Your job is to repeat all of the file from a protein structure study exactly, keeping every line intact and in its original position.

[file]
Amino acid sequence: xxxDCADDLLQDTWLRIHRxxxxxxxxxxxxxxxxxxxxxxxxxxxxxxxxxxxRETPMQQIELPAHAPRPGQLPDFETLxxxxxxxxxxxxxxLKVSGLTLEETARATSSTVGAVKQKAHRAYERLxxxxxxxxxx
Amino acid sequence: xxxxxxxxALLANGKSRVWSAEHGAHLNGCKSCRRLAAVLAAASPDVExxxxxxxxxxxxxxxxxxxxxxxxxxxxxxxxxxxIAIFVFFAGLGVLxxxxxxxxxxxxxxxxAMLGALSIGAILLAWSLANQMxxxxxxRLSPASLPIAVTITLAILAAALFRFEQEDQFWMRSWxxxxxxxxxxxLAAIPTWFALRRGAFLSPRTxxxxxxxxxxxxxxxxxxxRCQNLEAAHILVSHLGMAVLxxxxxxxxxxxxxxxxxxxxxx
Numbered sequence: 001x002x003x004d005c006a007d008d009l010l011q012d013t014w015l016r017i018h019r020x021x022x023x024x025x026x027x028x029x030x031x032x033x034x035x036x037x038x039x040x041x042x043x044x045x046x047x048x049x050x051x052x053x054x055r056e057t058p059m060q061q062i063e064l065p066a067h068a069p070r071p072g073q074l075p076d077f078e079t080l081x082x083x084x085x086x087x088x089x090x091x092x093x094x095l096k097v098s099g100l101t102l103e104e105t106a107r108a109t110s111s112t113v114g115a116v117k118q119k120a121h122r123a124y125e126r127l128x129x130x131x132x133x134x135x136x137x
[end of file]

Amino acid sequence: xxxDCADDLLQDTWLRIHRxxxxxxxxxxxxxxxxxxxxxxxxxxxxxxxxxxxRETPMQQIELPAHAPRPGQLPDFETLxxxxxxxxxxxxxxLKVSGLTLEETARATSSTVGAVKQKAHRAYERLxxxxxxxxxx
Amino acid sequence: xxxxxxxxALLANGKSRVWSAEHGAHLNGCKSCRRLAAVLAAASPDVExxxxxxxxxxxxxxxxxxxxxxxxxxxxxxxxxxxIAIFVFFAGLGVLxxxxxxxxxxxxxxxxAMLGALSIGAILLAWSLANQMxxxxxxRLSPASLPIAVTITLAILAAALFRFEQEDQFWMRSWxxxxxxxxxxxLAAIPTWFALRRGAFLSPRTxxxxxxxxxxxxxxxxxxxRCQNLEAAHILVSHLGMAVLxxxxxxxxxxxxxxxxxxxxxx
Numbered sequence: 001x002x003x004d005c006a007d008d009l010l011q012d013t014w015l016r017i018h019r020x021x022x023x024x025x026x027x028x029x030x031x032x033x034x035x036x037x038x039x040x041x042x043x044x045x046x047x048x049x050x051x052x053x054x055r056e057t058p059m060q061q062i063e064l065p066a067h068a069p070r071p072g073q074l075p076d077f078e079t080l081x082x083x084x085x086x087x088x089x090x091x092x093x094x095l096k097v098s099g100l101t102l103e104e105t106a107r108a109t110s111s112t113v114g115a116v117k118q119k120a121h122r123a124y125e126r127l128x129x130x131x132x133x134x135x136x137x